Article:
Life expectancy is becoming higher and higher every year in most developed countries. While this is a positive, the old-age dependency ratio is expected to double within the next 25 years. This is a challenge on the sustainability of healthcare models, and several studies reveal that the majority of the elderly, around 90%, attempt to live independently in their own homes.
The boom of the aging population, and their increasing desire to live independently, are cause for great motivation in the development of healthcare models. While existing approaches are based on direct-health monitoring, which is precise and accurate, they are widely seen as intrusive, causing non-acceptance.
New approaches to monitoring seek to be much more indirect by monitoring the activities of daily living (ADLs), as opposed to body sensor networks (BSN’s). Using only smart meter data, leading to minimum intrusiveness, this could be the key to sustainable healthcare models for smart homes capable of complying with senior demands.
How this can help seniors:
Activity is an important new healthcare metric
The home becomes an intelligent partner in monitoring wellness, and activity becomes an important new metric for healthcare monitoring. Know whether your loved one has left their bed or hasn’t gone to bed, indicating a potential problem. Make the home into an intelligent unit that gathers and shares feedback of daily activities, acknowledges unusual activity patterns and receives alerts.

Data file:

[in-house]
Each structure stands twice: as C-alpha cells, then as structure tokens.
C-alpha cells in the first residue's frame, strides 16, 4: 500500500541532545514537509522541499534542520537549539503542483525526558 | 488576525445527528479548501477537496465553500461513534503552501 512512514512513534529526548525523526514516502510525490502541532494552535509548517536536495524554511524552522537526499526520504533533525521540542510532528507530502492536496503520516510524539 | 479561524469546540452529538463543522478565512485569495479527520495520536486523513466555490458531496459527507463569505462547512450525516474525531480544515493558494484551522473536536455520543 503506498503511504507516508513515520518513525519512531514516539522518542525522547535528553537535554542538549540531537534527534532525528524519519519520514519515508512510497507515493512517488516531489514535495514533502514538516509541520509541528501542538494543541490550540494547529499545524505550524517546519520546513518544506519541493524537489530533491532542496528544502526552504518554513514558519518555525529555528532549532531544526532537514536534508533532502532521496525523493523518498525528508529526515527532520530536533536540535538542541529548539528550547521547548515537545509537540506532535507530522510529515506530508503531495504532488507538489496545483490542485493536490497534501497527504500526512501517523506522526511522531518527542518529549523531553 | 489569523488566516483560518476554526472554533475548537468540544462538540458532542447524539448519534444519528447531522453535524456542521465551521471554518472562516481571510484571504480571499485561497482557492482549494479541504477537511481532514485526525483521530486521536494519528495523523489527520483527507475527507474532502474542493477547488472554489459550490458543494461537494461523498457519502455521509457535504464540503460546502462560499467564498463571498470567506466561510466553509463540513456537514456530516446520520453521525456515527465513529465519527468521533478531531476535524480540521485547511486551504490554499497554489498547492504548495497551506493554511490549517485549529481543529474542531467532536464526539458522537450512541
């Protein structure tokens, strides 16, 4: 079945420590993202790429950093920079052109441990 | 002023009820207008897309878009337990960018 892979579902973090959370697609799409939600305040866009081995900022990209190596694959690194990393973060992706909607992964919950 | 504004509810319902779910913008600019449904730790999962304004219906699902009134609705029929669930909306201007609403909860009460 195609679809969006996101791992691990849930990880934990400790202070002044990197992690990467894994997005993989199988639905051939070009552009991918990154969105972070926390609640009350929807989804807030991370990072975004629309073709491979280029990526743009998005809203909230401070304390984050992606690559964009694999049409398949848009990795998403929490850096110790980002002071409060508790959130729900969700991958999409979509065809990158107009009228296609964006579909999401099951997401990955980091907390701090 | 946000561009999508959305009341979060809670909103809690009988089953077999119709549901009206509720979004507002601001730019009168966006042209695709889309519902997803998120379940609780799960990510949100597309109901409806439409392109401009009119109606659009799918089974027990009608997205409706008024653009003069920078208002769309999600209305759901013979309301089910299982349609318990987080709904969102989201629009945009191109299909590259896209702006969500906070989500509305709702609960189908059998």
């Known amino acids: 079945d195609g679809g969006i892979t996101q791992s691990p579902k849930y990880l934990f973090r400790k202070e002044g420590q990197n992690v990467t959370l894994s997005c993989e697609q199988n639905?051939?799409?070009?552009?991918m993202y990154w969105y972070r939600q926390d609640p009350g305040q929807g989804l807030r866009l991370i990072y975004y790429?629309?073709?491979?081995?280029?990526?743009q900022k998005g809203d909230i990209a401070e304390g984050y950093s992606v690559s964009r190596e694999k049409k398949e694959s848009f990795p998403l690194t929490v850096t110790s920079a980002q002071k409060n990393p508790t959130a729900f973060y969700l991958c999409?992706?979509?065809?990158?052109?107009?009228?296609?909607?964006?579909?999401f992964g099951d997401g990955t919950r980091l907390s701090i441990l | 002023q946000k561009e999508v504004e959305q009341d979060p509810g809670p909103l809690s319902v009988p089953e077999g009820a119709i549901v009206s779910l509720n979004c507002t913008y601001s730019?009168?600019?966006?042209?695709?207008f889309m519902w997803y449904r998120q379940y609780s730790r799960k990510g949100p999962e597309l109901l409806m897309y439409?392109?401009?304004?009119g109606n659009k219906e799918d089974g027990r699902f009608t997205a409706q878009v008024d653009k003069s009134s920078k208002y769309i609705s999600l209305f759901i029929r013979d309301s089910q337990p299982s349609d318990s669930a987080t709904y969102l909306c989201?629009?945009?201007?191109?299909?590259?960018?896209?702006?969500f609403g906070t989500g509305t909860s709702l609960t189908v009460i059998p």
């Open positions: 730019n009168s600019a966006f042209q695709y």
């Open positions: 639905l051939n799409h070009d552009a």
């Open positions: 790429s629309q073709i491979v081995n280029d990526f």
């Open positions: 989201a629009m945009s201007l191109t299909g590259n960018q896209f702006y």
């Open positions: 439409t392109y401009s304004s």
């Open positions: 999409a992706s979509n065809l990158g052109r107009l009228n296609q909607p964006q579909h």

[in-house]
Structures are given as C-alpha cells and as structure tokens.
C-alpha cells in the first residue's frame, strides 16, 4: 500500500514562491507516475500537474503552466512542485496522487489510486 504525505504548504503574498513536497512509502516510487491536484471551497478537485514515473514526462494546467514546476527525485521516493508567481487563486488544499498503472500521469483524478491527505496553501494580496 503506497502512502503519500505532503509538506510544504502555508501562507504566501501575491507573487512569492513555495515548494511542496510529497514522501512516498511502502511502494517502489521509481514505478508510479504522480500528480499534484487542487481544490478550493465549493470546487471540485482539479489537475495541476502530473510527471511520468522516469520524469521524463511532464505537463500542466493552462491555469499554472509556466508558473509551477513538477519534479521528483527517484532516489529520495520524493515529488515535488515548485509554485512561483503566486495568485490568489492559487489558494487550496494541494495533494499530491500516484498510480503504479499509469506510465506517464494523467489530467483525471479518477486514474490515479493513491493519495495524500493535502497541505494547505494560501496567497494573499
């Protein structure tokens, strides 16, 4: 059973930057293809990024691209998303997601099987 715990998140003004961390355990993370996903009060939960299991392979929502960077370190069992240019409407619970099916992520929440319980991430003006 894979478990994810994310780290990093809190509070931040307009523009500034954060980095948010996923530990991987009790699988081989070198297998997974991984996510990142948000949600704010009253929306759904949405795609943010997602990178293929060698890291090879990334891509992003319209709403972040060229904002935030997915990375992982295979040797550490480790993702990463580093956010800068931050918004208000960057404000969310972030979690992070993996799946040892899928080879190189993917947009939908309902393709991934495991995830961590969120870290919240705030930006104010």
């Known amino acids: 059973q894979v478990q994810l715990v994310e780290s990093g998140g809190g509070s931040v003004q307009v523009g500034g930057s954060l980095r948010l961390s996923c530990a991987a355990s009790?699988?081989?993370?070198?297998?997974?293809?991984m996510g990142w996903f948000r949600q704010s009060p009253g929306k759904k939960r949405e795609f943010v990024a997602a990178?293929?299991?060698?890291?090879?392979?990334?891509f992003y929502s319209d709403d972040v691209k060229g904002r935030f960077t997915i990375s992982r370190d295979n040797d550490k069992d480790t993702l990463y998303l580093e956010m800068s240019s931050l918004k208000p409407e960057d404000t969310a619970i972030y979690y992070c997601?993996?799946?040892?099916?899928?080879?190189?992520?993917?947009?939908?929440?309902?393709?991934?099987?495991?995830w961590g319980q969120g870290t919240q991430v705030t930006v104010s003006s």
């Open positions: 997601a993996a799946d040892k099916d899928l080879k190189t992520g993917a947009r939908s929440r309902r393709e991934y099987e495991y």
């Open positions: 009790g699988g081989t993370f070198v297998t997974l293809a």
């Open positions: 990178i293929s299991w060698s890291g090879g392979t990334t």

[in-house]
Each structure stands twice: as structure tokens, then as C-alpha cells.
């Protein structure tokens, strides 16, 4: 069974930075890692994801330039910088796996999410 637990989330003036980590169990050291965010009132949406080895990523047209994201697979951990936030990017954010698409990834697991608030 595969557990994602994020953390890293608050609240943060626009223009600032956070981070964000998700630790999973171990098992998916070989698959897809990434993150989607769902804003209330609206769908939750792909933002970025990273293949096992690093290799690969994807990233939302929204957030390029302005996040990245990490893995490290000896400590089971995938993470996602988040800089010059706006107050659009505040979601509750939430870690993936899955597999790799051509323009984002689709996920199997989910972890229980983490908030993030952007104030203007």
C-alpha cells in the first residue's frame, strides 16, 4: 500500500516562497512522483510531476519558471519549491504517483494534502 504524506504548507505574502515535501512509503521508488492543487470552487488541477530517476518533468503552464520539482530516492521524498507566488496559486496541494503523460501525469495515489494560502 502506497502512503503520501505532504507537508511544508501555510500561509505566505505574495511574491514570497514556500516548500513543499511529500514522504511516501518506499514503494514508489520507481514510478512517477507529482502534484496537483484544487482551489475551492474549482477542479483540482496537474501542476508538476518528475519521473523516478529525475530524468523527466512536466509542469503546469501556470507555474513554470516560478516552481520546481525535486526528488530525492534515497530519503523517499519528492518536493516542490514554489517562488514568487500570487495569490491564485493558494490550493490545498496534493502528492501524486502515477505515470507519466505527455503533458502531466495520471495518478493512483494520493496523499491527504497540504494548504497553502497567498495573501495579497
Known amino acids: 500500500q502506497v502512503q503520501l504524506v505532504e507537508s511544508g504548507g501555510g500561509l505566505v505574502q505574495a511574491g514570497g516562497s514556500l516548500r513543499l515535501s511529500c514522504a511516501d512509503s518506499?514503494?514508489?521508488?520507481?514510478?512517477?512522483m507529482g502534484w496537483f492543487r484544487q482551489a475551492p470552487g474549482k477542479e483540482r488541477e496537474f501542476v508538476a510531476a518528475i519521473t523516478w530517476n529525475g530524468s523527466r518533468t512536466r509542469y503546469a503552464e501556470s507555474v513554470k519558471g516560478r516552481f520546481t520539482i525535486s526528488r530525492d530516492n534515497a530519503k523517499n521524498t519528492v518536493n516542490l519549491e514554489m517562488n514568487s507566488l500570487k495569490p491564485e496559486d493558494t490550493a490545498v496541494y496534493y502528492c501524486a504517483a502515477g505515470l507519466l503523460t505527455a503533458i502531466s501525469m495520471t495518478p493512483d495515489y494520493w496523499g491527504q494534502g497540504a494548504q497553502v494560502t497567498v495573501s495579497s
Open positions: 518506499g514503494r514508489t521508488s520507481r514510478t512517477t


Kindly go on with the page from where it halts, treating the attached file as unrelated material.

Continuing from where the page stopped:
Different stages of life wellness all benefit from activity monitoring.
For highly independent seniors, it provides transparent monitoring of household activity signaling healthy living, and optimizes the home for maximum safety and comfort. Mid-functioning seniors who may be living with chronic conditions that call for vigilant attention, can receive quantified wellness information regarding eating, sleeping, mobility and other key wellness indicators.
Intelligent Monitoring of Daily Patterns
Utilizing sensors, can accumulate data pertaining to daily wellness activity, ranging from simple ambulation patterns to how many times the fridge has been opened, or how many times the bathroom has been accessed. This alerts the caretaker to any abnormalities in living patterns for loved ones aging in place.
Tip #1 – Don’t attempt to run or rush to answer the telephone. Many people fall trying to do so. Keep a cordless phone nearby or let it go to voicemail and call back.
Tip #2 – Medicate safely. Improper use of medication can have serious safety and health implications. Routinely check all medication expiration dates.
Tip #3 – Keep emergency numbers easily accessible by placing them next to all phones, as well as in them as saved contacts.
Tip #4 – Install secure handrails and bright lights with switches at the top and bottom of stairs.